After The Bear Hunt

The discussion boards for Glow in the Woods are truly that warm, welcoming campfire to so many of those who find us in the darkest of journeys. Throughout Glow's five years, the boards have grown tremendously. We are so grateful to how graciously our community continues to abide, listen, and support one another. Through our growth and feedback from our community, we felt it was time to expand and add another board--Parenting after Loss. Whether you were parenting children before your loss, or parenting a child born subsequently, Glow felt it was time to create a space to talk about the specific issues around parenting and grief.  We hope this space will be welcoming to those in all stages of grief and parenting. As always, if you have any suggestions or feedback on the community section of Glow in the Woods (the general board or the ttc/pregnancy/birth after loss board or our new board parenting after loss), please contact us here. We'd love to hear your thoughts. 

Today, we are thrilled to introduce Merry of Patches of Puddles as our new Board Moderator and a regular contributor. Merry's support and love permeates all the nooks and crannies of this community.  Merry's fifth child Freddie lived for eleven days in SCBU before dying of pneumonia. She is parenting Freddie's little brother and four older sisters in the UK. We are so lucky to have her keen eye, compassionate heart, and eloquent voice among ours. --Angie


“You can’t go over it, you can’t go under it…Oh no, you have to go through it.”

So say the words of a rhyme my children sing; lines that have played in my head since I stepped upon this grief path. The Bear Hunt; the long, difficult, fearsome journey.

I tried to find a way to scramble over grief, glide upon its surface and slither down over the other side of a glass dome that reached skyward, holding my baby and my pain inside it. I pledged to write him out of my mind and memory, believing I could escape the trite truisms of the steps of grief. With no intention of reaching acceptance, I relished denial. Busy, stretched beyond measure by the damaged children surviving Freddie alongside me, I pushed my tears to the quietest moments, the dead of night, the bathroom, lonely car journeys of the parent taxi trail. In the daylight, fear and pain on the faces of his sisters when I cried was too awful to behold. Keep it together, put on a brave smile, hold them when they cried. Just keep swimming. Just keep gliding.

Just keep scrabbling desperately to hold on to the life that had been ours, when we could count our children without confusion. When we could hold them all in our arms. When there was no space on the sofa, no space in our hearts, no empty spot between us all.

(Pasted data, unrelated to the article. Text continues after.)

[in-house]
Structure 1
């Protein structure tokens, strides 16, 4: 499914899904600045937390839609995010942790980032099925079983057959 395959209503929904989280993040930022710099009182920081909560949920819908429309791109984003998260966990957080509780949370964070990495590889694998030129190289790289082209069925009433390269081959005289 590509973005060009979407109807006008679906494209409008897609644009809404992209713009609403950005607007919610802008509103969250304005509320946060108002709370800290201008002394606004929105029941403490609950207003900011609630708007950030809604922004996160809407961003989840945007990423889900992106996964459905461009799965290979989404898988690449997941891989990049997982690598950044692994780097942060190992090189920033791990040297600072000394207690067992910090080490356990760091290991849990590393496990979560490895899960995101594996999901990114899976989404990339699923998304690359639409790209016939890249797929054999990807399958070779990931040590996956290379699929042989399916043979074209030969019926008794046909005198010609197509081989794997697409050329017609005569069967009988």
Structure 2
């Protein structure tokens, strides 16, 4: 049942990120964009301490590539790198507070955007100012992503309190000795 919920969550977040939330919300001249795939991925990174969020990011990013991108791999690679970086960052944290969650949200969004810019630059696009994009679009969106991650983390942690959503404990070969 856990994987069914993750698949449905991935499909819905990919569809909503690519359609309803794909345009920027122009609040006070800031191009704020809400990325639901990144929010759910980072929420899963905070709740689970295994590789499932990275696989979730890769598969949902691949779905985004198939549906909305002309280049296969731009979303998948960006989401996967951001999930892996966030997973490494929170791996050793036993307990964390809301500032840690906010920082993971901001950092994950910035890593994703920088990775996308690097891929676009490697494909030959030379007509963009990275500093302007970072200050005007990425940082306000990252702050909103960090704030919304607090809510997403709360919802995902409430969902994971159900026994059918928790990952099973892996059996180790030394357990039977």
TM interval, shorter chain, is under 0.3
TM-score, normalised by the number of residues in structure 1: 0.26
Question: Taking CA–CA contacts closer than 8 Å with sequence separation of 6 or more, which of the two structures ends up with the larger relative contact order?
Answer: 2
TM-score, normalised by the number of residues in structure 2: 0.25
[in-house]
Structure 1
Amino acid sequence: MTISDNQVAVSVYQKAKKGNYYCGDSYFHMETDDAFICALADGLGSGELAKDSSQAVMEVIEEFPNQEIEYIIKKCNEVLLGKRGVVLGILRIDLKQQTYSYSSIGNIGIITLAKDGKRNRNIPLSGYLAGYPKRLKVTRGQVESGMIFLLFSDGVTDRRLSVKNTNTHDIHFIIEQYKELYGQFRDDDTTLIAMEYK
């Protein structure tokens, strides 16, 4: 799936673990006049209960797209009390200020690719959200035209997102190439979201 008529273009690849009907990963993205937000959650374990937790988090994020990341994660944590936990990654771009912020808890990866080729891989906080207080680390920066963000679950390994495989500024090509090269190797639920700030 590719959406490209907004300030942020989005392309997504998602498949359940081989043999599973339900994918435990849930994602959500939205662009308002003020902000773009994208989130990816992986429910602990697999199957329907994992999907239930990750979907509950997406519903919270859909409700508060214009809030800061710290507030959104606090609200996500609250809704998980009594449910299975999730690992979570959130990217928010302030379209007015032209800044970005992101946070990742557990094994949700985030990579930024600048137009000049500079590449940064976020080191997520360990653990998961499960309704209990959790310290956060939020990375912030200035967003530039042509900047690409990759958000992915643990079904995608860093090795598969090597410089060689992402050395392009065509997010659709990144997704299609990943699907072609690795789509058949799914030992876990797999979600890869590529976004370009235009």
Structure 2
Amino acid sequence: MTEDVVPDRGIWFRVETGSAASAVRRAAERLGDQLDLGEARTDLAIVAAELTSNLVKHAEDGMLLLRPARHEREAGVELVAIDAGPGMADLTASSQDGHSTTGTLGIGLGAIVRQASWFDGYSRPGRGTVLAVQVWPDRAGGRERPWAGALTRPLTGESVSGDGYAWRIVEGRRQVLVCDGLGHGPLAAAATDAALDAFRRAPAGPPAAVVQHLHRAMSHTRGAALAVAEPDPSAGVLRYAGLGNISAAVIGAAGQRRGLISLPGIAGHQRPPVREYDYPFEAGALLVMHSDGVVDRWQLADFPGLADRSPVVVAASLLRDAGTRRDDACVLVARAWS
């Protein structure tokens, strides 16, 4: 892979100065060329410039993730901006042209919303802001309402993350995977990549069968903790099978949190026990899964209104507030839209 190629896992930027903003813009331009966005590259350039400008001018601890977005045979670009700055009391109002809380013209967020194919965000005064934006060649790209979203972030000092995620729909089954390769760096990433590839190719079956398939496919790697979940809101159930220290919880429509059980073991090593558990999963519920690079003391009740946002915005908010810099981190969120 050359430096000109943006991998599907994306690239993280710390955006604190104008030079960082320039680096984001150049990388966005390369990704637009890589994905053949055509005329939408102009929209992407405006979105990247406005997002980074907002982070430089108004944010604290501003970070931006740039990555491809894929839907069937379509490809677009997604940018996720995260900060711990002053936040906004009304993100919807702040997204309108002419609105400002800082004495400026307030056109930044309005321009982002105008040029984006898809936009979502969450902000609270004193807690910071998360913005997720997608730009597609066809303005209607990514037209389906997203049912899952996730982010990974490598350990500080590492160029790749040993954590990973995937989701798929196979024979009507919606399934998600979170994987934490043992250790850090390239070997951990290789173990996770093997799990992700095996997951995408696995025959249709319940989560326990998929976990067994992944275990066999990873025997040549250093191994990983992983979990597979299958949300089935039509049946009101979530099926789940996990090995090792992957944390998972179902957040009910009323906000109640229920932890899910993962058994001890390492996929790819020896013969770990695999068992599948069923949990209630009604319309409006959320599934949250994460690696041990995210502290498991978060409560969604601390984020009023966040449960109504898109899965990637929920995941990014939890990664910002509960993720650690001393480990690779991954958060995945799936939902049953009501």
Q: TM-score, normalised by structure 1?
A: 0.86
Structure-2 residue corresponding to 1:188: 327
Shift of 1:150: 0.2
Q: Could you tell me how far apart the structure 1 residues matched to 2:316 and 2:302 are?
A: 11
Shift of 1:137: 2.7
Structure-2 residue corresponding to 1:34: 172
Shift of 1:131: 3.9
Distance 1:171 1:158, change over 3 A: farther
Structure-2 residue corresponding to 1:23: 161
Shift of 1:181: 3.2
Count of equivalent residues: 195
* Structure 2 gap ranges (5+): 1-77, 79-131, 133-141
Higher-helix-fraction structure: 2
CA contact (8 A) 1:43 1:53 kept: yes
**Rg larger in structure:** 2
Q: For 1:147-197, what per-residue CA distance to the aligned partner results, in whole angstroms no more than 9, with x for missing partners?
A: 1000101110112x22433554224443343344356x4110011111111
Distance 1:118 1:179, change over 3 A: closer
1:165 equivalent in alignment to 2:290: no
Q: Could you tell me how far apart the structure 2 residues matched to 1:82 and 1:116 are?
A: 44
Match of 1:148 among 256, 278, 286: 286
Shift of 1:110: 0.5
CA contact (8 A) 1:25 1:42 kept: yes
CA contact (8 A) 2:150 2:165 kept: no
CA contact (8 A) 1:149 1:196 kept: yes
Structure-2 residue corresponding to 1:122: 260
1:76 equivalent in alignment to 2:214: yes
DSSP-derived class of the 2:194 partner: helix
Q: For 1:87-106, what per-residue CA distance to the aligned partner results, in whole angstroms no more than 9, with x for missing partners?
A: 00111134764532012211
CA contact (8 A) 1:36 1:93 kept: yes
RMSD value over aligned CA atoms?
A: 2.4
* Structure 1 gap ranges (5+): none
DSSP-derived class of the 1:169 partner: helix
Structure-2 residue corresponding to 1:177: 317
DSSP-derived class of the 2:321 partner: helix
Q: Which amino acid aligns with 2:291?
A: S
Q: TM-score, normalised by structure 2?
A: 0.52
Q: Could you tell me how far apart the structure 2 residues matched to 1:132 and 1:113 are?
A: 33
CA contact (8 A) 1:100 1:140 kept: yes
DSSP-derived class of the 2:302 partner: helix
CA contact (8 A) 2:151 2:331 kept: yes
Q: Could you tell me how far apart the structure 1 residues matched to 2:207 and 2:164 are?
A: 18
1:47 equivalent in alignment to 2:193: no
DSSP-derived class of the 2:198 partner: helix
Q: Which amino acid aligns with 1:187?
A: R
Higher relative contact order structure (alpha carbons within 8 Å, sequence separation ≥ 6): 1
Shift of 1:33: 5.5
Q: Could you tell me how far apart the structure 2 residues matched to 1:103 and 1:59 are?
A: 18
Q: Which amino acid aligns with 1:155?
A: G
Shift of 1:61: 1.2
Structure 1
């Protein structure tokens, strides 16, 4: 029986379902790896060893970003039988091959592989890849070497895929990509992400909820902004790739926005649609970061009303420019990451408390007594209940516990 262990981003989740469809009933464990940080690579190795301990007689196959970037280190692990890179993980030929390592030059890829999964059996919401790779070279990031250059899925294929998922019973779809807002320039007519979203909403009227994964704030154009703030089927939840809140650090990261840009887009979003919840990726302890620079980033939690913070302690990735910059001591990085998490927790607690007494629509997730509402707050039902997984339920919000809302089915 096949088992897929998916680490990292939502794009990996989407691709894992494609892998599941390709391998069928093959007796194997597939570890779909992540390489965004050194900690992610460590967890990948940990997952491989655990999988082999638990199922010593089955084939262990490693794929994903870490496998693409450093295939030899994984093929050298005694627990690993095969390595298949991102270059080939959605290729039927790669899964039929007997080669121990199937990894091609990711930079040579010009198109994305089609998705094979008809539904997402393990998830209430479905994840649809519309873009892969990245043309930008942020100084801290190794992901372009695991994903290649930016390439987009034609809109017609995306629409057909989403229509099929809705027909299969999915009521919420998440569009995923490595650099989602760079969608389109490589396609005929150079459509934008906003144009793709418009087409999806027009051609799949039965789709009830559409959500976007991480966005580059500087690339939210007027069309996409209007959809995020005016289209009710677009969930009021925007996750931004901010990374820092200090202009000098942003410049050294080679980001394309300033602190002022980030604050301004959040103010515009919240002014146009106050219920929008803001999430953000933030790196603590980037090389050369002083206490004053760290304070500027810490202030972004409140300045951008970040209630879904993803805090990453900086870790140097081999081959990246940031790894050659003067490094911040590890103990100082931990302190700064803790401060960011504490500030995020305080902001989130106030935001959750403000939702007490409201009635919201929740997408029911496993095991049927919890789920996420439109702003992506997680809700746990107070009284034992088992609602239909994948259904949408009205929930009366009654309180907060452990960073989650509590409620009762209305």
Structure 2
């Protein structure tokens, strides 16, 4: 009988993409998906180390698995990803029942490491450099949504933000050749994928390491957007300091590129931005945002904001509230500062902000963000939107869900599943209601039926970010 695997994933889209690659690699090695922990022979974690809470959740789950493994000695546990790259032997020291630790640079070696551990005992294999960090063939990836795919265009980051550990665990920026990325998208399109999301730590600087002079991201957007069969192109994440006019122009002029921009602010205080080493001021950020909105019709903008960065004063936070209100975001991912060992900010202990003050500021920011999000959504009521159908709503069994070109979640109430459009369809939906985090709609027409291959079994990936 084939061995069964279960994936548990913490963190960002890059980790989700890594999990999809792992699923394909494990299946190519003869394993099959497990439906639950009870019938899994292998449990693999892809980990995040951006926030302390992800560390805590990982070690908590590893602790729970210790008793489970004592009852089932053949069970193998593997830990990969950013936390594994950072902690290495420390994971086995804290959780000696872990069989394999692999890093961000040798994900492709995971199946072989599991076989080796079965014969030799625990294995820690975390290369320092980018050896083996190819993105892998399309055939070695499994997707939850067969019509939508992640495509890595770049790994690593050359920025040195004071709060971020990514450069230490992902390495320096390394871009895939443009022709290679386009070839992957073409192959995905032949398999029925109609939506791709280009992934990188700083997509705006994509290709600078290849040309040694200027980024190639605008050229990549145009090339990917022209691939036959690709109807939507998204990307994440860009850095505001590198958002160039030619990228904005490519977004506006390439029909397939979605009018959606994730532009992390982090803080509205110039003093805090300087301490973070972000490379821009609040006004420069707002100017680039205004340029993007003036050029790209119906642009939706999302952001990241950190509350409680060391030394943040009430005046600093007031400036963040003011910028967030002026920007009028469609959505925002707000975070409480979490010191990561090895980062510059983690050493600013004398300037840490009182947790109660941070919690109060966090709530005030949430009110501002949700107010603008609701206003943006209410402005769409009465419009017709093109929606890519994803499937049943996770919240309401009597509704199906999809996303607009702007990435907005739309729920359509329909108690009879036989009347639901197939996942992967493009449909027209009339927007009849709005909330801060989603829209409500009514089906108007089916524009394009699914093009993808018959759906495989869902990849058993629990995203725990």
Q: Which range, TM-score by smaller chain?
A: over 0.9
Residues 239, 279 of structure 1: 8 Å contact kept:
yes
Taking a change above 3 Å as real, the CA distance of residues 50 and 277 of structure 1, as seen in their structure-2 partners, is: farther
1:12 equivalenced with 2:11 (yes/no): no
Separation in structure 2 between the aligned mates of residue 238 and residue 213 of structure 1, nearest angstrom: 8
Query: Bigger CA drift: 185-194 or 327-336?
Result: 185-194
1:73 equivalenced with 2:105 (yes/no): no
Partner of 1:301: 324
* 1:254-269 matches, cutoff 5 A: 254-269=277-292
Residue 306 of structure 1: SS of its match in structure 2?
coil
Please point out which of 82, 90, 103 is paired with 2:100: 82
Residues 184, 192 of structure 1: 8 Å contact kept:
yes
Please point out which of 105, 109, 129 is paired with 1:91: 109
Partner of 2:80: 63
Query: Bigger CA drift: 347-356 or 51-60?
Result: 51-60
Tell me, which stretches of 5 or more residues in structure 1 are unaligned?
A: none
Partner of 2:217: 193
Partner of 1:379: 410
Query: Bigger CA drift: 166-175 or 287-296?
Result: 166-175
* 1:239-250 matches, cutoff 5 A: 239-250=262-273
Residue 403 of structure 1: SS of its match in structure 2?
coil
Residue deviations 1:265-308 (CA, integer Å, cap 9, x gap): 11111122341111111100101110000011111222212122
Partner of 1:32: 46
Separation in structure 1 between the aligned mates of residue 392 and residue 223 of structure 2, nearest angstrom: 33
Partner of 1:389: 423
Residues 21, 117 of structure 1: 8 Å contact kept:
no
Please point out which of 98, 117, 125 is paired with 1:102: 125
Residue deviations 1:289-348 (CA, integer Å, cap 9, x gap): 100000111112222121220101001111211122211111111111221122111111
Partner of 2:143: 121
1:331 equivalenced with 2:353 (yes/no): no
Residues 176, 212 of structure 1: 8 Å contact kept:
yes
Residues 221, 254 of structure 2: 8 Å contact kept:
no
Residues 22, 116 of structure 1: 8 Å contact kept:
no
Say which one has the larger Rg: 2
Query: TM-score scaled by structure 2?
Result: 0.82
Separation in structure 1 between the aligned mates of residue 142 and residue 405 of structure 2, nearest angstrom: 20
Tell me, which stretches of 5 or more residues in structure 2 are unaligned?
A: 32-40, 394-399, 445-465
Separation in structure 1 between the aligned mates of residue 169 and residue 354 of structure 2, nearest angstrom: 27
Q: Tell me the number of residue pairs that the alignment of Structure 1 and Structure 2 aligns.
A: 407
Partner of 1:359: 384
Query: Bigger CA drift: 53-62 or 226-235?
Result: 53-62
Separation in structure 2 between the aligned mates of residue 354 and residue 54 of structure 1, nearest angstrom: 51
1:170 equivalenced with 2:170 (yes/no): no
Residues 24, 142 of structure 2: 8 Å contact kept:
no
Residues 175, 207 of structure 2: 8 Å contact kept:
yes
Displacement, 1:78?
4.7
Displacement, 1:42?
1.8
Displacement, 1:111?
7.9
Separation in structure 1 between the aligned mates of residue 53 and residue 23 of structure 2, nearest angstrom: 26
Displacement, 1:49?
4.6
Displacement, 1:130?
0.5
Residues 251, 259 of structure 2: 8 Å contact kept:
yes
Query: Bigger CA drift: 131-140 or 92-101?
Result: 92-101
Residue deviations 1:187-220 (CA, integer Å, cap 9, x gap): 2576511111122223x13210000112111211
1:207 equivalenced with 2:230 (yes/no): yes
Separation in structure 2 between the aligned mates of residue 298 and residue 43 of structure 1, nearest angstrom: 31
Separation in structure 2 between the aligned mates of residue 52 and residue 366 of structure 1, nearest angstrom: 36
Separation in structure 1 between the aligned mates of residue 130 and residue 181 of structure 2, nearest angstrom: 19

And then came despair. Choking, horrifying, utterly consuming and black as night and twice as bitter, despair. And I tried to go under it. I told the world and all her wives of my lost son, just to see the shock, see the horror, see the recoil from all the checkout women and frightened postmen who wished the crazy lady away. Begone, with your foul, mud soaked, horrifying grief. Get over it. Move on. Be on your way with your inappropriate love for a boy made of ashes. His loss rose up between us all, the husband and girls who went on and relearned a smile and the mother, woman, wife and now barren and broken part-human who tunnelled through days and wondered how to make another life. Month after month, I sunk beneath blood and anger and disbelief as a never birthday loomed and a life mourning a baby stretched impossibly - broken - in front of me.

You can’t go over it.

You can’t go under it.

Oh, no… you have to go through it.

Through the mud. Through the tears. Through the river that takes the feet from under you. Through the grass that sways above your head, disorientating, blocking the view, all you can see. And all the time dragging my broken children along with me, committed to the path I had chosen - the hunt I had wanted - which was punishing them so utterly.

The work and effort of grief, a journey, a slog, all to find a big black cave and a big black bear and turn tail and run for home, retracing steps, trying to find the place where once you were, trying to keep my other children safe as they bumped and scurried alongside.

And then… and then… lying on the bed, chest heaving from the chase, bones exhausted, tears all cried out and heart hammering. A memory of horror and fear and the jawed yaw of utter destruction, of unimaginable pain, right there, in your mind’s eye.

Slipping… sliding away.

A memory.

He was here. One of us. I do remember him. We did love him. I do love him. He was a person and he is – always - my boy. He was also a journey, one that broke me on every step and which brought me home, but not to the same place.